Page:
On the other hand, my relation to printed words is very different. I pay the same kind of close attention to my reading habits as I do my nutrition habits—both seem like meaningful areas of one’s life to scrutinize and explore. Physical books are great source of pleasure for me. Language, dialog, form, typography all come together on the page. If I am to truly grasp what I'm reading, I’ve got to bring my whole self to the book.
Put another way, I treat book reading as an event. It’s an activity I have to intellectually, physically, and emotionally prepare for. I read cover to cover with sustained concentration. It is slow going, immersive, and so satisfying. I cannot achieve a similar reading experience online. But maybe you can?
For me, here’s the key thing: Reading from the screen and reading from the printed page are not the same. I am not saying that one method of reading is better than the other—they each have their purpose. What I am saying is that to do the kind of reading I enjoy, the kind of reading that makes me happy, I need a physical book in hand. The way I see it, printed words hold a better quality of attention than words on screen.
From Alone: The Classic Polar Adventure by Richard Byrd:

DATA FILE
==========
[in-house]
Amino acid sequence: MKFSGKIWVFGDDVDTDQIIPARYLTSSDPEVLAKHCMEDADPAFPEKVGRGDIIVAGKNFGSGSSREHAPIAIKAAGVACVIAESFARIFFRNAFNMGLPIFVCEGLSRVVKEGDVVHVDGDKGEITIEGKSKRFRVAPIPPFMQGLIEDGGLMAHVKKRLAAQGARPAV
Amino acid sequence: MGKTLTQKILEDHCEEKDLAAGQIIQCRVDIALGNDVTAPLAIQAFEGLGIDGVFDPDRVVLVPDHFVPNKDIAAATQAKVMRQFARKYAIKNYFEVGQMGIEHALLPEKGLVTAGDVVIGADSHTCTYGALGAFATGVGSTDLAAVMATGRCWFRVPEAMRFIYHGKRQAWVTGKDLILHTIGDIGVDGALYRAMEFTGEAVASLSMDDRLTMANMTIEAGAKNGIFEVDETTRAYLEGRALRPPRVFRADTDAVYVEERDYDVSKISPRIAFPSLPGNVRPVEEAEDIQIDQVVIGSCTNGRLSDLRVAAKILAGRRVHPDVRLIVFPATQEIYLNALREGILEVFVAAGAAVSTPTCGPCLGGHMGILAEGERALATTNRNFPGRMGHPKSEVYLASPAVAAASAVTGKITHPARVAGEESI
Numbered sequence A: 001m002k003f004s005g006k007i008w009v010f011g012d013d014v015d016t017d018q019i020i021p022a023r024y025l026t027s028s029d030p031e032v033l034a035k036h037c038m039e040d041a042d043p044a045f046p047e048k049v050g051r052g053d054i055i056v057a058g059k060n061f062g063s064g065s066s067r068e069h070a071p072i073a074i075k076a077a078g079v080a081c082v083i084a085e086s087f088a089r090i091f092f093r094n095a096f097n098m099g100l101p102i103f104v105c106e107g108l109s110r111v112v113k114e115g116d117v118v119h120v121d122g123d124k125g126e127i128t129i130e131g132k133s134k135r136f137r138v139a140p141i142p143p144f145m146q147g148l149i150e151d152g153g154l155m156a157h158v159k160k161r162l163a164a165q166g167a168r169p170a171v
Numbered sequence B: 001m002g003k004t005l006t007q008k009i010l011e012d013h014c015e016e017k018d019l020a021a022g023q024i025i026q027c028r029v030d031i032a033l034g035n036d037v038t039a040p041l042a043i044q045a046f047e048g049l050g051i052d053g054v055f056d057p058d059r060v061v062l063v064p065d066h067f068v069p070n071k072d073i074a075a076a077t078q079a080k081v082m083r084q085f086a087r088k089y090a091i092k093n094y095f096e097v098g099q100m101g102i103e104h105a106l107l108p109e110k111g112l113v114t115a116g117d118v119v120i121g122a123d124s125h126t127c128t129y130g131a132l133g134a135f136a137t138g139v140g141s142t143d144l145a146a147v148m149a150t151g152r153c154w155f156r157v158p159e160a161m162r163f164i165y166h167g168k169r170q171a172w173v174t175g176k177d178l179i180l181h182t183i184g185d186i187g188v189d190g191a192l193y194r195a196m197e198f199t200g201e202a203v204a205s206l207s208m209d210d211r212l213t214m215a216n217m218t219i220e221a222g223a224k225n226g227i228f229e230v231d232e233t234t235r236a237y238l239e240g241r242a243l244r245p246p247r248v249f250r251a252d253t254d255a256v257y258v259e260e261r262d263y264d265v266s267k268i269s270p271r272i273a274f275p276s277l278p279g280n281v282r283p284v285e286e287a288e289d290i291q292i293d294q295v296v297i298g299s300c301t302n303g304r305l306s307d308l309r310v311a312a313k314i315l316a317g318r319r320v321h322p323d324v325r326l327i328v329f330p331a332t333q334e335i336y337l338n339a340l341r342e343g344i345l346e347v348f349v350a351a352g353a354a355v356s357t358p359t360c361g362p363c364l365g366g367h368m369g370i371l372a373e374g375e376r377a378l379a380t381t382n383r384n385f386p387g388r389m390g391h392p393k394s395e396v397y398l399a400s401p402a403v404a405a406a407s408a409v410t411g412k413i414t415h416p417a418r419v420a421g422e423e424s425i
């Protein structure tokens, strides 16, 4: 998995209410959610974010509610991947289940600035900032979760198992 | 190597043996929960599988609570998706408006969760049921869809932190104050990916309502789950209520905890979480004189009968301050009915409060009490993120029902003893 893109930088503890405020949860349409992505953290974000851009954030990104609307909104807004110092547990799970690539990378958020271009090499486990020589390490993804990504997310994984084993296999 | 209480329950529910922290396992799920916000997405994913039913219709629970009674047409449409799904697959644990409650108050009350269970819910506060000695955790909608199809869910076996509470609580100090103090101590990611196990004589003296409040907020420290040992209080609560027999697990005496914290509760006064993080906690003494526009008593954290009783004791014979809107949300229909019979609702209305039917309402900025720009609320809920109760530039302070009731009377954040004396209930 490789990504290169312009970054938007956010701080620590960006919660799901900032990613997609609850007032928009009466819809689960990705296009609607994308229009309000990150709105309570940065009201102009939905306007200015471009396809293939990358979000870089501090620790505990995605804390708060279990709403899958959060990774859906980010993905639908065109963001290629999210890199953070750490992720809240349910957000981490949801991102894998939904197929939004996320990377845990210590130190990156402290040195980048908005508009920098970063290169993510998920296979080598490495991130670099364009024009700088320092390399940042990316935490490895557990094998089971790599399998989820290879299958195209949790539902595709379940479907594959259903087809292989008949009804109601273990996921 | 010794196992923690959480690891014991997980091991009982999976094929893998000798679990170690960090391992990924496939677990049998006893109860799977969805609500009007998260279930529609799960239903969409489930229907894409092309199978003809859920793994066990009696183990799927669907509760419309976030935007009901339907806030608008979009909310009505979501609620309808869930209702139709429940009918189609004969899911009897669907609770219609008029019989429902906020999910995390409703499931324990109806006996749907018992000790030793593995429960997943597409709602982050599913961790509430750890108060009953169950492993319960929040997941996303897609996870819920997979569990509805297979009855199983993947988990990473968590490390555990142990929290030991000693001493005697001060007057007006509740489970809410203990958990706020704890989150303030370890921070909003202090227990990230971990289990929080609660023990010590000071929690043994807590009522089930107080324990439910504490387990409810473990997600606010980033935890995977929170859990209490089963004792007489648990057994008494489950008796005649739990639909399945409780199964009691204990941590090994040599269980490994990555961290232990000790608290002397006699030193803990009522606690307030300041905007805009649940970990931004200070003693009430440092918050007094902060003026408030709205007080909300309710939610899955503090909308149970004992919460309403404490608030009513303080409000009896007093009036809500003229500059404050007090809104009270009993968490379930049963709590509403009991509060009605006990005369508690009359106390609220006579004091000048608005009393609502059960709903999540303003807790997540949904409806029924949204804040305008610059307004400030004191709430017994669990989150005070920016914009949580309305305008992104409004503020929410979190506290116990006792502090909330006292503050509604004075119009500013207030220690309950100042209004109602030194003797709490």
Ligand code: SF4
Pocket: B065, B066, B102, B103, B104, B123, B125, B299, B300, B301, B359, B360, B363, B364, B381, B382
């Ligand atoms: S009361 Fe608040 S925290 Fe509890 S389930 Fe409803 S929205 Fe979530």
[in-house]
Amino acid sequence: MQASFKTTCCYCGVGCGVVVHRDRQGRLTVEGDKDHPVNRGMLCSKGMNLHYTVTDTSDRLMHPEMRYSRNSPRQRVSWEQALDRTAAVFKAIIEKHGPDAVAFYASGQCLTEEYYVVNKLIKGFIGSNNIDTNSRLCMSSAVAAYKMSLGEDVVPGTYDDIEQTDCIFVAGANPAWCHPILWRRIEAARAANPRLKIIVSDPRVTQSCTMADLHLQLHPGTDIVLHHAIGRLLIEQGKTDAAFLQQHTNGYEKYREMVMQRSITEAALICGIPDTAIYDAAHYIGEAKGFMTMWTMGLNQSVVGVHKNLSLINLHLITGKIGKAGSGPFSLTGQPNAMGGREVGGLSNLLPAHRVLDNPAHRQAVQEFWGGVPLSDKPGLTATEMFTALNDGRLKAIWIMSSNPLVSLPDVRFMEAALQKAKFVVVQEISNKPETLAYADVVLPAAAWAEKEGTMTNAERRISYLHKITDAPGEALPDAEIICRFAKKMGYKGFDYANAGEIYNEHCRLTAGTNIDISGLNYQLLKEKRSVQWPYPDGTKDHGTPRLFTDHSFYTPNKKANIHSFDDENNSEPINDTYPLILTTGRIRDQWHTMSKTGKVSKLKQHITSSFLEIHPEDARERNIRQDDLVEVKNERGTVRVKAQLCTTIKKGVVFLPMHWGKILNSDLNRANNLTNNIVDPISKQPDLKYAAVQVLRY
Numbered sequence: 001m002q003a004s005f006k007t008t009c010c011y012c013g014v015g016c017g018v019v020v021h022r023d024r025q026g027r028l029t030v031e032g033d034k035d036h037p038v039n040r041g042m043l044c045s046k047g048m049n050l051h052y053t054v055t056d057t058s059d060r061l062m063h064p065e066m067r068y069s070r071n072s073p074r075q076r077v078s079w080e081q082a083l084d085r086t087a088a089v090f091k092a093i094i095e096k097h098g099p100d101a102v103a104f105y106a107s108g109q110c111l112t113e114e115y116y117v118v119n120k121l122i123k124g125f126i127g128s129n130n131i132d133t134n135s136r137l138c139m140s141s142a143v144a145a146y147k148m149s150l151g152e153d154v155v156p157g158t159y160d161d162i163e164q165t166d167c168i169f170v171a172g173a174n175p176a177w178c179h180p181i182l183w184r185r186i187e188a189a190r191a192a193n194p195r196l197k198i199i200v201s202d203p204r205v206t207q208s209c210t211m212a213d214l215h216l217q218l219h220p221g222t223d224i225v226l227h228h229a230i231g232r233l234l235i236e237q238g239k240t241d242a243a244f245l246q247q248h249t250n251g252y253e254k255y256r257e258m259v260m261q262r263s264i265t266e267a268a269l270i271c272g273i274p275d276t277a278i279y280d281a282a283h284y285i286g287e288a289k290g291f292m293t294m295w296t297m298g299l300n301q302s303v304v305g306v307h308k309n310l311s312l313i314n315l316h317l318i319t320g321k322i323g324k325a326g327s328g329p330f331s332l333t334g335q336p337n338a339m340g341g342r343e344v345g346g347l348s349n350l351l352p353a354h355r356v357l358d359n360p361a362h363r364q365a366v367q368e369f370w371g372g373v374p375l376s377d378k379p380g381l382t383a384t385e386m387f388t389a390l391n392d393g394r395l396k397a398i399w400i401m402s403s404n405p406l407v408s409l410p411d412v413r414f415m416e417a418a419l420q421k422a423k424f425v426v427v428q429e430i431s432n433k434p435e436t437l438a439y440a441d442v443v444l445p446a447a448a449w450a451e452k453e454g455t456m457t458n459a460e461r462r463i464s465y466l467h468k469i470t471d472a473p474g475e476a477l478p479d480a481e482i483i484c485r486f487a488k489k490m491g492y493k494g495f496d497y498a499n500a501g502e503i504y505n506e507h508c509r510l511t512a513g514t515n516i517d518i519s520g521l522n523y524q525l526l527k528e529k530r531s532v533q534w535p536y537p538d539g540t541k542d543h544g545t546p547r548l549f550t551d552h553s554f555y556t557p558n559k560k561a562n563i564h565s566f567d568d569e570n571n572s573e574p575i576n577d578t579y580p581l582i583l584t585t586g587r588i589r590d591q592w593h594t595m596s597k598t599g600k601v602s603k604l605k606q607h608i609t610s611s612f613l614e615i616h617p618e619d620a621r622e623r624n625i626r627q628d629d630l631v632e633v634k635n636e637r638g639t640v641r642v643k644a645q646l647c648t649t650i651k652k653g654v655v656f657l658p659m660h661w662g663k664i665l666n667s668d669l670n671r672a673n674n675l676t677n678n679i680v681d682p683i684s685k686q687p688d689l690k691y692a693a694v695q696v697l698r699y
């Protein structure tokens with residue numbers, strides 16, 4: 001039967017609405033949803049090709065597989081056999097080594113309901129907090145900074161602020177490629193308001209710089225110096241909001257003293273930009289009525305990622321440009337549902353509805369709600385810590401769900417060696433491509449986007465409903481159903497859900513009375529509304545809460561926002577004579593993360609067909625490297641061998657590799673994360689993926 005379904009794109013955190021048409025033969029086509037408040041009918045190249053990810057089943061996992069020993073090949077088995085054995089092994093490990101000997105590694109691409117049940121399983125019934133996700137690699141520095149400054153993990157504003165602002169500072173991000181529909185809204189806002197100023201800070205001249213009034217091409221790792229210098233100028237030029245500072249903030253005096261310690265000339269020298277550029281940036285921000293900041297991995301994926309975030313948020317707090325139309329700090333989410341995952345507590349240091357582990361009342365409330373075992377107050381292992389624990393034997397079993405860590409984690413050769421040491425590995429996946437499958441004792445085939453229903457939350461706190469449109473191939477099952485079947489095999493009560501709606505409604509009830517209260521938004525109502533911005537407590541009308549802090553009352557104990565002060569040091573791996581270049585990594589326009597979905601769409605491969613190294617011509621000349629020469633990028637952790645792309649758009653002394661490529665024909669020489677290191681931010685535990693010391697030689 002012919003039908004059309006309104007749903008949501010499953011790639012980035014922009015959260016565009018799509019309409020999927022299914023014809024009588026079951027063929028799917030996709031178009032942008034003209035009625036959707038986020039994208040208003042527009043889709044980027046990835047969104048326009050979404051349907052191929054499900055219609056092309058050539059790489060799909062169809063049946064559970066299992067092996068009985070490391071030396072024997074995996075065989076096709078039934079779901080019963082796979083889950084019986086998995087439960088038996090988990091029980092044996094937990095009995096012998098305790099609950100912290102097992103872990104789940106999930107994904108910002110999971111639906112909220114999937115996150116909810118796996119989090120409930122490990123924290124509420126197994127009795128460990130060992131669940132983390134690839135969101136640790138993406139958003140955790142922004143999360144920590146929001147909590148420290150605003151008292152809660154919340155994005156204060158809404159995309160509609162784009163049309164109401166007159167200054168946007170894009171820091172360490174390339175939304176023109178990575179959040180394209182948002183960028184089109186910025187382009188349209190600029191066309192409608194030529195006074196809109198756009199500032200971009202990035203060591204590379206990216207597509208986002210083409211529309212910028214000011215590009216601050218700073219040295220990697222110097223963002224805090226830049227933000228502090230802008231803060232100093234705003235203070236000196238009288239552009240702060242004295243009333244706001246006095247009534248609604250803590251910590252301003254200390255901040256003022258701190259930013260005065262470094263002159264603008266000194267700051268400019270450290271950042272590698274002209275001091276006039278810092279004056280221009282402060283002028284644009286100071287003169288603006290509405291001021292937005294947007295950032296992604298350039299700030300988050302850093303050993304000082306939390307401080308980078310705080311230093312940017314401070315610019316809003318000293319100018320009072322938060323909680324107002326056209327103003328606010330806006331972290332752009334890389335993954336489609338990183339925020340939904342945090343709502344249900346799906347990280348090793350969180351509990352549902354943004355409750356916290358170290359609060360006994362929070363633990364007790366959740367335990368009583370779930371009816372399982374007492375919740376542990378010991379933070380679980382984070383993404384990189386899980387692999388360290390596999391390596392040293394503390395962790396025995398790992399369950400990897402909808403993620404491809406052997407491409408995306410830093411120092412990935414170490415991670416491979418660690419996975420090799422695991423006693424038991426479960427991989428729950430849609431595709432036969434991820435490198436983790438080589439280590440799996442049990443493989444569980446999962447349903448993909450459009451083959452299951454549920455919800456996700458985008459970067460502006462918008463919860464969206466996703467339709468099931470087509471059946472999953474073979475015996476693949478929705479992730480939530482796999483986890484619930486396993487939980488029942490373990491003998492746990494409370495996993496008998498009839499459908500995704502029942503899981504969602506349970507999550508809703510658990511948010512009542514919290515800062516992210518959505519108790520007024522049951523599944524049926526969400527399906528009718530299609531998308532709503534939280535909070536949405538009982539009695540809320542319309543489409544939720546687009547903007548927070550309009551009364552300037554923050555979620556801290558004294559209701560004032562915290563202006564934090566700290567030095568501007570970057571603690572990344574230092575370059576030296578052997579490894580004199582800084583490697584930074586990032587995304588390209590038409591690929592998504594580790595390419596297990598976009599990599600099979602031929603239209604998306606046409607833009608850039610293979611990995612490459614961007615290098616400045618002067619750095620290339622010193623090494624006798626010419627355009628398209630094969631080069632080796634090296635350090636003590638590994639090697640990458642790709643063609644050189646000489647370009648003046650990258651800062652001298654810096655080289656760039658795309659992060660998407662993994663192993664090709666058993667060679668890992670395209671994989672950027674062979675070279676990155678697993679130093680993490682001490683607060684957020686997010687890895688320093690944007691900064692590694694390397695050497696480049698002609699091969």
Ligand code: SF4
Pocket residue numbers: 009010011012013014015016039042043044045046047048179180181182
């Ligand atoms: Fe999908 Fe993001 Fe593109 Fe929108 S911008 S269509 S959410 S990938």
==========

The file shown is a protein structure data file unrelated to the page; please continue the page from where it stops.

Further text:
I don’t try to force myself to sleep, as I sometimes do at home. My whole life here is an experiment in harmony, and I let the bodily processes achieve a natural equilibrium. As a rule, it doesn’t take me long to go to sleep. But a man can live a lifetime in a few half-dreaming moments of introspection between going to bed and falling asleep: a lifetime reordered and edited to satisfy the ever-changing demands of the mind.
I realize now that I’ve made a mistake in selecting this passage as my first writing prompt. Byrd’s reflection is full of truth, which I find difficult to capture and examine with words. We’ve all had similar moments of idle inwardness, where life is reordered, where sacred truths are made known, where we “see” differently. These experiences give us a heightened sense of things—palpable feelings of connectedness to the people and world around us.
It's easy to dismiss this kind of thinking as cliché, New Age woo. But no matter where or how these transitory moments occur, I think they deserve serious examination. They’re a vehicle for making sense of one’s present state of mind.
Books that came to mind...
From The Invention of Nature, Alexander Humboldt’s New World, by Andrea Wolf: